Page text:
Must have apps for pet parents

With smart phones and apps being used more these days than tablets and the internet, I thought I'd share a list of pet apps that every pet parent should have. 

1. Pet First Aid - Red Cross

With photos and step-by-step directions, this app will guide you through what to do in many common situations such as bloat, seizures and shock. If you're traveling, the app will help you locate a nearby veterinarian hospital. There's also information on how to prepare for disasters and emergencies including a list of what to include in a pet first aid kit. If you want to test your knowledge of pet first aid, the app has quizzes for you to take. It's FREE and is definitely worth downloading.

Pet First Aid- Red Cross

2. Animal Poison Control Center - APCC by ASPCA

This easy to use app is also FREE and a must have for all pet parents. You start by selecting a species - cats, dog, horses and birds - then by the source - plants, foods, medication and household hazards. If the weight and amount consumed will determine how detrimental a poison can be, the app will ask for this information. Otherwise, it lists by ingredients alphabetically and in what product or source it can be found. Possible symptoms are listed as well as a rating on the toxicity and what action should be taken. Just browsing through the app, I learned a lot and highly recommend it!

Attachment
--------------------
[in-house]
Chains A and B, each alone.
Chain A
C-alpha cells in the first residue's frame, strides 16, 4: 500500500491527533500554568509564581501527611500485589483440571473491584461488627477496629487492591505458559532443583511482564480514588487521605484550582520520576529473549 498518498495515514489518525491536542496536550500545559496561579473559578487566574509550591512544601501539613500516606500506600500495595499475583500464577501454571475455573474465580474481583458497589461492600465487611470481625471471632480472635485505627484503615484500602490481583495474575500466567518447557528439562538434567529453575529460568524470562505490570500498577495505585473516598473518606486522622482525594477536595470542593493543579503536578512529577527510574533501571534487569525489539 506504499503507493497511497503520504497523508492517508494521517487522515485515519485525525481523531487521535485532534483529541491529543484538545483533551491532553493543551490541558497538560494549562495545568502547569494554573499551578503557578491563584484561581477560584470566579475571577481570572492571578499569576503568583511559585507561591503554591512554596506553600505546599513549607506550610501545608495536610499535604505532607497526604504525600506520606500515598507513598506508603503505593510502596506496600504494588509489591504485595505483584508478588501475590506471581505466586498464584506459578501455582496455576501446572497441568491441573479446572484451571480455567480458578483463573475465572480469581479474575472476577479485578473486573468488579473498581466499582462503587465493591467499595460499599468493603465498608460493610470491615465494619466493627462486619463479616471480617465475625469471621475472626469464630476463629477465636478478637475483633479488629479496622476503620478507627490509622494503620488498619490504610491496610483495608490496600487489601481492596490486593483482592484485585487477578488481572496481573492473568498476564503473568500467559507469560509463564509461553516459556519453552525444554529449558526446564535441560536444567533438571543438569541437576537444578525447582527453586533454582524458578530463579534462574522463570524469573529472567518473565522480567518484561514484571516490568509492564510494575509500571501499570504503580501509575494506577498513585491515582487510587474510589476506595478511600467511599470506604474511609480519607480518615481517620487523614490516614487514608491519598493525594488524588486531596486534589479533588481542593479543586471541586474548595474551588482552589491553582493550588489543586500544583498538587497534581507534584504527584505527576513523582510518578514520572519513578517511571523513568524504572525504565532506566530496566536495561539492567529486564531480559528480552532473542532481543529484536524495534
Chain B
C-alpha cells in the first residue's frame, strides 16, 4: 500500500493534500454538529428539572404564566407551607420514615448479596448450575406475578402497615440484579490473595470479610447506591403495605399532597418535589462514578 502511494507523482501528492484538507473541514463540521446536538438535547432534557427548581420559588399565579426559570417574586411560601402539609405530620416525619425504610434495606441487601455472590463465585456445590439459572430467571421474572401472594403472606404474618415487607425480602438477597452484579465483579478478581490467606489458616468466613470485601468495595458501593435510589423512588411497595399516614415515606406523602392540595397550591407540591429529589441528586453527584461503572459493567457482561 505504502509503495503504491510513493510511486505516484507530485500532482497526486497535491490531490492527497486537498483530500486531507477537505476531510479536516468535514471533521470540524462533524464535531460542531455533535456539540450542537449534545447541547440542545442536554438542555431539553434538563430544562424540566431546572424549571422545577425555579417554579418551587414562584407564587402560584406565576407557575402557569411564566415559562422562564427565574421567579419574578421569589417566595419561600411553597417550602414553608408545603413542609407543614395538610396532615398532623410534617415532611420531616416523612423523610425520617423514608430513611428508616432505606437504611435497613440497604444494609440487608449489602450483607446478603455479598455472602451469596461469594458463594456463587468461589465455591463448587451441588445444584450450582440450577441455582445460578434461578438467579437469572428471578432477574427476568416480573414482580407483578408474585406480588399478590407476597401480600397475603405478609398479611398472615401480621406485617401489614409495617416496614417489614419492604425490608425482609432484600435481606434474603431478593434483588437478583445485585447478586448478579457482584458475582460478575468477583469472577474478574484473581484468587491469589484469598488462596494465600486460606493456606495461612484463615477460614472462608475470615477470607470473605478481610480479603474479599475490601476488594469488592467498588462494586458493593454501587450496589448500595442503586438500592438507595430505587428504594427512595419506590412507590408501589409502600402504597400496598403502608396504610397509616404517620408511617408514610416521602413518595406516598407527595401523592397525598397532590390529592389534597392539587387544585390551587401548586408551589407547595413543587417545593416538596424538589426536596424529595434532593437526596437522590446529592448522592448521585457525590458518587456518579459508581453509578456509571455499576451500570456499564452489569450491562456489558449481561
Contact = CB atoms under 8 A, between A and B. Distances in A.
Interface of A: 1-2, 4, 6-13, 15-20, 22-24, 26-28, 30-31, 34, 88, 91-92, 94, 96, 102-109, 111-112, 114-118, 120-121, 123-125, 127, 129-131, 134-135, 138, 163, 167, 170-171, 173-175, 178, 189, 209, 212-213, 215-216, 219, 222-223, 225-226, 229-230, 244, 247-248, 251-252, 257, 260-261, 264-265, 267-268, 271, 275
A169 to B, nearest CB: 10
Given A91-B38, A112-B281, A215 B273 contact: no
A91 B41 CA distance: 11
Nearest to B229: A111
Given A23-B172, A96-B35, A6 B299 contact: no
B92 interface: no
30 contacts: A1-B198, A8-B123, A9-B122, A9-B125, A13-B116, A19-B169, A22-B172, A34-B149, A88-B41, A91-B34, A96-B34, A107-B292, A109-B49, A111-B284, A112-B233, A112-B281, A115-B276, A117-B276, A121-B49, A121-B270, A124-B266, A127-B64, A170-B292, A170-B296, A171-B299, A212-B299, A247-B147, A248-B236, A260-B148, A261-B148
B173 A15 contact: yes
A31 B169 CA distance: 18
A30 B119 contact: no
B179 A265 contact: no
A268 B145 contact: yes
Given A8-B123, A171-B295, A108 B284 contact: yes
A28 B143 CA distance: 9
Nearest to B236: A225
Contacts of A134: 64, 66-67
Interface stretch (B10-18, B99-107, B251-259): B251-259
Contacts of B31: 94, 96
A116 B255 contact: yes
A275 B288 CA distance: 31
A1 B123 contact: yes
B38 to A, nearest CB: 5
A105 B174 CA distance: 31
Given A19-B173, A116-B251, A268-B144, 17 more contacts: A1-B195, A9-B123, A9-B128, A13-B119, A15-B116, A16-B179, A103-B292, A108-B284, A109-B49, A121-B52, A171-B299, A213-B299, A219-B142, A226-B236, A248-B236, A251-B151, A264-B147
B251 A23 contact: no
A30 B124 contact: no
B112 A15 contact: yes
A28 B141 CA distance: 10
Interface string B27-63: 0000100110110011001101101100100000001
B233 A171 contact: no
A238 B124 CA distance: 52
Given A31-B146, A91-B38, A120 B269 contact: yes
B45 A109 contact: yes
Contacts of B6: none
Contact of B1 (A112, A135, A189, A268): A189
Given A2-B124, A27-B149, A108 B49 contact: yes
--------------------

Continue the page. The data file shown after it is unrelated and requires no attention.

Animal Poison Control Center

3. Walk for a dog - Wooftrax

You want to help animals and get yourself in shape, right? Then this is the app for you! By downloading it on your phone and logging in every time you go for a walk, you help raise money for local animal shelters. It's FREE and it doesn't matter how short or long your walk is. Nor do you have to have a dog to use this app. Whether you're walking with your own dogs or just out for a leisurely stroll, every step counts. I'd say this is a win-win for the homeless animals, your dog and you!


4. Weather puppy

Ok, this is by far my favorite pet app! If you're a cat person, then you probably would prefer weather kitty. Or if you want to see the wild animals of the world, then you can choose Wildlife weather. Sometimes I go check the weather just to see a a puppy photo! The images change depending on the season, time of day and of course, the weather. It's sure to put a smile on your face as the puppies even on a cold, dreary overcast day. This app is also free, but you upgrade for $1.99 and pick a theme. As the app has never been cuter!

Weather puppy

What pet apps do you have? I'd love to hear about your favorites!! If you have any to share, leave a comment below! 

Making a difference for hundreds of shelter cats